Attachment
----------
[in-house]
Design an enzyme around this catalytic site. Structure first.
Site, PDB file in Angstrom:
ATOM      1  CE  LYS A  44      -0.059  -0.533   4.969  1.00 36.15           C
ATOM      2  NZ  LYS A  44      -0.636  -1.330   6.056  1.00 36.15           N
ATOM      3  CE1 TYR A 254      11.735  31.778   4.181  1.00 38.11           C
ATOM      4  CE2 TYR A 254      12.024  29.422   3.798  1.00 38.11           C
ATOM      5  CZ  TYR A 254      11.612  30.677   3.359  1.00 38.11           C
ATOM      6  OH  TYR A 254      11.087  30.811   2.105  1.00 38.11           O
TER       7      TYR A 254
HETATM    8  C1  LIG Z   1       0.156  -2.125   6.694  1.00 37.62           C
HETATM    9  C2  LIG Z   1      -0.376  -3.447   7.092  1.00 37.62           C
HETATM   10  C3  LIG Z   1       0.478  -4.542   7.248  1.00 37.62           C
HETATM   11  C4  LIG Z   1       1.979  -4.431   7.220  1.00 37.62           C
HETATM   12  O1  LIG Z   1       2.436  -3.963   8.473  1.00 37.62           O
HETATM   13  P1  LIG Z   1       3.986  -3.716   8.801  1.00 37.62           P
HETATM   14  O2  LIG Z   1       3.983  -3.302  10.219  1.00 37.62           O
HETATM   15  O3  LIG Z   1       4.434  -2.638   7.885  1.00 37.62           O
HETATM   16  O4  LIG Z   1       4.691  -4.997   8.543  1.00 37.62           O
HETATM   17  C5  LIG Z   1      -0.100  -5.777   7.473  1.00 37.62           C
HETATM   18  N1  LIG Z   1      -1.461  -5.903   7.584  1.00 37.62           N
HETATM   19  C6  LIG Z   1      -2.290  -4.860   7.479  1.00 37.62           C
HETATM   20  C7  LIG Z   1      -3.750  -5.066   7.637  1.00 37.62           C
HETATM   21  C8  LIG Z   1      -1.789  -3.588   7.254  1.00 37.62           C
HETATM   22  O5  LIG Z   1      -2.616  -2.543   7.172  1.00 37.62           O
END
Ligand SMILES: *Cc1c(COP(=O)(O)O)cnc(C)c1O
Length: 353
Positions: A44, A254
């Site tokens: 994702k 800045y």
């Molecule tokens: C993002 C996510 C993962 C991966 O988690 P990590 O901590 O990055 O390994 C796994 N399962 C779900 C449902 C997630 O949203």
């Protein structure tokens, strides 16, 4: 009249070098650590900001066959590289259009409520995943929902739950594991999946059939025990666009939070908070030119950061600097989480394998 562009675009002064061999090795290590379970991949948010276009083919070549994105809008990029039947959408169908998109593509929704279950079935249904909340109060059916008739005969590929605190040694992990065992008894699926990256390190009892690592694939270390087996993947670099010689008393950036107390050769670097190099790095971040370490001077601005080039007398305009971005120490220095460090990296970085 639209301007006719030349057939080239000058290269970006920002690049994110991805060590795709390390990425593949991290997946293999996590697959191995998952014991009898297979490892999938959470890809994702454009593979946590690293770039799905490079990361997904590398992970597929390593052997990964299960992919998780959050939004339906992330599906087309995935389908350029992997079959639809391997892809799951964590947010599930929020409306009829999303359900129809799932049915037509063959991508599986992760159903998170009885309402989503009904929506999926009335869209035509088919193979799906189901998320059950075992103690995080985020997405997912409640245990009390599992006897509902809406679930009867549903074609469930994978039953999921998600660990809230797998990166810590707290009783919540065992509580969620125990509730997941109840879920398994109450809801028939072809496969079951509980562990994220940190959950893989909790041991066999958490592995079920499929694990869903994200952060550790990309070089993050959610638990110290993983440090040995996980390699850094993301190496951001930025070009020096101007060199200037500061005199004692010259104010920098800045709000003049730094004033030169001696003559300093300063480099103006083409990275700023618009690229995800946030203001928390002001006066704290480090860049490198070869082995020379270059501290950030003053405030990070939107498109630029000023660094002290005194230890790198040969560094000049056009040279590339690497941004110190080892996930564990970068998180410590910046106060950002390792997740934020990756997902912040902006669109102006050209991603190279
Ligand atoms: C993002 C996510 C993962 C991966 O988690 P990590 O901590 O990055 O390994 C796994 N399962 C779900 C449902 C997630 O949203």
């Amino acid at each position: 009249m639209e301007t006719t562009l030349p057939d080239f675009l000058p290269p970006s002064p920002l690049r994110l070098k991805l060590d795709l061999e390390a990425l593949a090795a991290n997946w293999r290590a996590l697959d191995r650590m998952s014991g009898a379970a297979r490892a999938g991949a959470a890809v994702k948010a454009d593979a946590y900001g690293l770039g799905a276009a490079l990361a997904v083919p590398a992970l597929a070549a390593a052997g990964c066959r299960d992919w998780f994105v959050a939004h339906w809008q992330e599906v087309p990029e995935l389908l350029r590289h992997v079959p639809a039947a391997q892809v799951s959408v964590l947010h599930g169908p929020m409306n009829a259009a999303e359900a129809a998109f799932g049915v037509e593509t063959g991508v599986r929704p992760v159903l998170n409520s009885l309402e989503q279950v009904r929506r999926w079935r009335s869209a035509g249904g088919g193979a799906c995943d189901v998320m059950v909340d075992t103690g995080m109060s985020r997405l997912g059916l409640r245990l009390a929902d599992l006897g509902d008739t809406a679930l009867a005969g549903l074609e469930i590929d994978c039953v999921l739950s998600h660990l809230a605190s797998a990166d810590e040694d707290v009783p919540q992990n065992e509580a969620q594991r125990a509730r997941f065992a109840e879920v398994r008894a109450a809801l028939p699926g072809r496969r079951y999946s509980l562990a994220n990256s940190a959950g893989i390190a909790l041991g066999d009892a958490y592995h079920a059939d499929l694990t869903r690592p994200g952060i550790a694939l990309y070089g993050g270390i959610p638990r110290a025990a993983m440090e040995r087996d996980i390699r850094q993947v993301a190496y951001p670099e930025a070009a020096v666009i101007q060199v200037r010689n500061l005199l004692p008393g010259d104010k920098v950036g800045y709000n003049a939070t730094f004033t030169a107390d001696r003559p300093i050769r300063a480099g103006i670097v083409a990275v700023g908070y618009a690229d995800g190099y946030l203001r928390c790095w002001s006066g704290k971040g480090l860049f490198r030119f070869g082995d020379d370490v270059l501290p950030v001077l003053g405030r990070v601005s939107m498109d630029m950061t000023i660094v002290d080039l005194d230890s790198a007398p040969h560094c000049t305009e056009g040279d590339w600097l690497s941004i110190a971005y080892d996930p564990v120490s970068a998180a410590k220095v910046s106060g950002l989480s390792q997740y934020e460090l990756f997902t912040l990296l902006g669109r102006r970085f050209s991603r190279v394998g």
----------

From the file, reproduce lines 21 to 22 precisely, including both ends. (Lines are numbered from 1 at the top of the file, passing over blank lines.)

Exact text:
HETATM   18  N1  LIG Z   1      -1.461  -5.903   7.584  1.00 37.62           N
HETATM   19  C6  LIG Z   1      -2.290  -4.860   7.479  1.00 37.62           C